BRUSSELS (Reuters) - Iraq plans to ask NATO for help training its security forces, the alliance said on Wednesday, months after the Iraqi army collapsed in the face of an offensive by Islamic State militants.
Iraqi Prime Minister Haider al-Abadi informed NATO Secretary-General Jens Stoltenberg of Baghdad’s plan at a meeting in Brussels, said Oana Lungescu, spokeswoman for the North Atlantic Treaty Organization.
NATO ambassadors will review the request once it is received, she said.
Iraq is seeking NATO’s help with “defense capacity building”, which can range from advisers in security ministries, anti-corruption advice, to full military training.
NATO previously had a team training Iraqi security forces but it was withdrawn from Iraq at the end of 2011 when no agreement could be reached on the legal status of NATO troops operating in the country.
If NATO agreed to resume training Iraqi security forces, it is unclear whether the training would take place in Iraq or outside. If inside Iraq, a new legal agreement would be needed.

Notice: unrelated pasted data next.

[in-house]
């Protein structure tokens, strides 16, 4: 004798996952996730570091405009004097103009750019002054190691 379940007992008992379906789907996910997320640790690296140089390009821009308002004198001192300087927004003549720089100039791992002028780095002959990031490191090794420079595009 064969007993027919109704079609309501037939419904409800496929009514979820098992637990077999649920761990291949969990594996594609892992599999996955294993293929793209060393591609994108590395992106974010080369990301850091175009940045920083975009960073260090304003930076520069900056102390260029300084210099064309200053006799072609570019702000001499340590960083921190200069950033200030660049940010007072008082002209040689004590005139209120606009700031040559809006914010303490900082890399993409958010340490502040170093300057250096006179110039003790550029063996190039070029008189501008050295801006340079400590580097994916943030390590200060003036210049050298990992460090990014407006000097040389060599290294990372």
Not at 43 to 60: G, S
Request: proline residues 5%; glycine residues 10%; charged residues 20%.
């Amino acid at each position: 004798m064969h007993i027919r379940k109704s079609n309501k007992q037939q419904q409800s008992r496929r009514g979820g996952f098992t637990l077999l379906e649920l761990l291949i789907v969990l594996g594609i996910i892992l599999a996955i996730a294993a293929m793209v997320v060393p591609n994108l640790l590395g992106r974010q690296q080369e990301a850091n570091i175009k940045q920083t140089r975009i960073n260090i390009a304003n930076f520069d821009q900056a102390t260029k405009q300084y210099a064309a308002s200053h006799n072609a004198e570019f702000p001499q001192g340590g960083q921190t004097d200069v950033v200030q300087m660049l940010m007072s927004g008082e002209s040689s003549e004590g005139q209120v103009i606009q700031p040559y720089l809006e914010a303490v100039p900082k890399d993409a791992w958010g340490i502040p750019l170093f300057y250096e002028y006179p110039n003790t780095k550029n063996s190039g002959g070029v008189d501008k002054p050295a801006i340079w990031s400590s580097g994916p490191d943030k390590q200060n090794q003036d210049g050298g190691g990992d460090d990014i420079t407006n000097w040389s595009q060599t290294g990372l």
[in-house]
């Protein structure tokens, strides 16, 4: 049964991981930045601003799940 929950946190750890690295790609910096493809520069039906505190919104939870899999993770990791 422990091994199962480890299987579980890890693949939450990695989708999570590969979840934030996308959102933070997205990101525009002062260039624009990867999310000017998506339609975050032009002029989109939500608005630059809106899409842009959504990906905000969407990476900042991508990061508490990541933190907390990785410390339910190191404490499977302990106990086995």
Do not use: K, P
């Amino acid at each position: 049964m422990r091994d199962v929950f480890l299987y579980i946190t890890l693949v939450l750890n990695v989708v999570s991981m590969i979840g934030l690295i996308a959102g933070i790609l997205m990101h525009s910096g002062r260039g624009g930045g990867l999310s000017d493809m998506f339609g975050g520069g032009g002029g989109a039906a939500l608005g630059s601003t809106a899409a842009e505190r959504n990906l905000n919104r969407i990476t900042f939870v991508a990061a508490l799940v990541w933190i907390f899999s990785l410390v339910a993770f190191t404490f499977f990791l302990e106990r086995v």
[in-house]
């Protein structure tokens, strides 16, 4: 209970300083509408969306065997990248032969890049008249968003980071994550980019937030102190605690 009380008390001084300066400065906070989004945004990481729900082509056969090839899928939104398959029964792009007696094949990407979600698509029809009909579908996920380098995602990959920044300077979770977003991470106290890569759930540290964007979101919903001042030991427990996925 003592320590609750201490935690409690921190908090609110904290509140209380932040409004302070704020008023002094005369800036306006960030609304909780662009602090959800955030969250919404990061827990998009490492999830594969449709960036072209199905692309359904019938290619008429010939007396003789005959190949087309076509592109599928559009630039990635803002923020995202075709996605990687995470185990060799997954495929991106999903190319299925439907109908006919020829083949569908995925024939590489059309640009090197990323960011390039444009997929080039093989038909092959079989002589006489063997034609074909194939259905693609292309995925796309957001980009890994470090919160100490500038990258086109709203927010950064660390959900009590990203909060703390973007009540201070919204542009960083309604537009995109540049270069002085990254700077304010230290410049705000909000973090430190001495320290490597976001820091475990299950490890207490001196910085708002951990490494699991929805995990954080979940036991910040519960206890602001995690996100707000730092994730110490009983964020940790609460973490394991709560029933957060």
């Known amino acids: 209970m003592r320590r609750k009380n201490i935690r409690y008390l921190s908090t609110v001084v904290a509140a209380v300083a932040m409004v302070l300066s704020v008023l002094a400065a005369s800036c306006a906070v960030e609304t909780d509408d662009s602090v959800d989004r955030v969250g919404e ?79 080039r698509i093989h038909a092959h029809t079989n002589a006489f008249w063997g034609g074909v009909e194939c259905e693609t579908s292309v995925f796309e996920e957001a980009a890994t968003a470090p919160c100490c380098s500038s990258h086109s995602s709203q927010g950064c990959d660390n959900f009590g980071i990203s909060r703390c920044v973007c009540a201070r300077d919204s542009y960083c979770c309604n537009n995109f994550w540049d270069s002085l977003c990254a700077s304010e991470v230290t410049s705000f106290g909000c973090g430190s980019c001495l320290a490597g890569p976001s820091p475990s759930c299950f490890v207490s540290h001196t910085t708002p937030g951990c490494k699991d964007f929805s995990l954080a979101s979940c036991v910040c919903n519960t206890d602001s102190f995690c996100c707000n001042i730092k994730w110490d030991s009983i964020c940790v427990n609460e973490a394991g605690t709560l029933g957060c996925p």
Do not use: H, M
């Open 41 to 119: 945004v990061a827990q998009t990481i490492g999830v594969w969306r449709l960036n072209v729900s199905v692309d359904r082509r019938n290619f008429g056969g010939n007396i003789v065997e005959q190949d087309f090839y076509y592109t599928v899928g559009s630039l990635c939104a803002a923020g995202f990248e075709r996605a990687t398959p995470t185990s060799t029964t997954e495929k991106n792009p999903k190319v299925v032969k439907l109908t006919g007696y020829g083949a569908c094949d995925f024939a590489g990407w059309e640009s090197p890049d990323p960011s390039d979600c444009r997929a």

“Anything that NATO might do in support of Iraq’s defense capacity building would need to be complementary to the considerable efforts already undertaken by the U.S.-led coalition and individual NATO allies,” a NATO official said, speaking after a U.S.-chaired conference of the coalition fighting Islamic State was held in Brussels.
NATO has said for months it was ready to consider training Iraqi security forces if Baghdad made a request.
Reporting by Adrian Croft; Editing by Tom Heneghan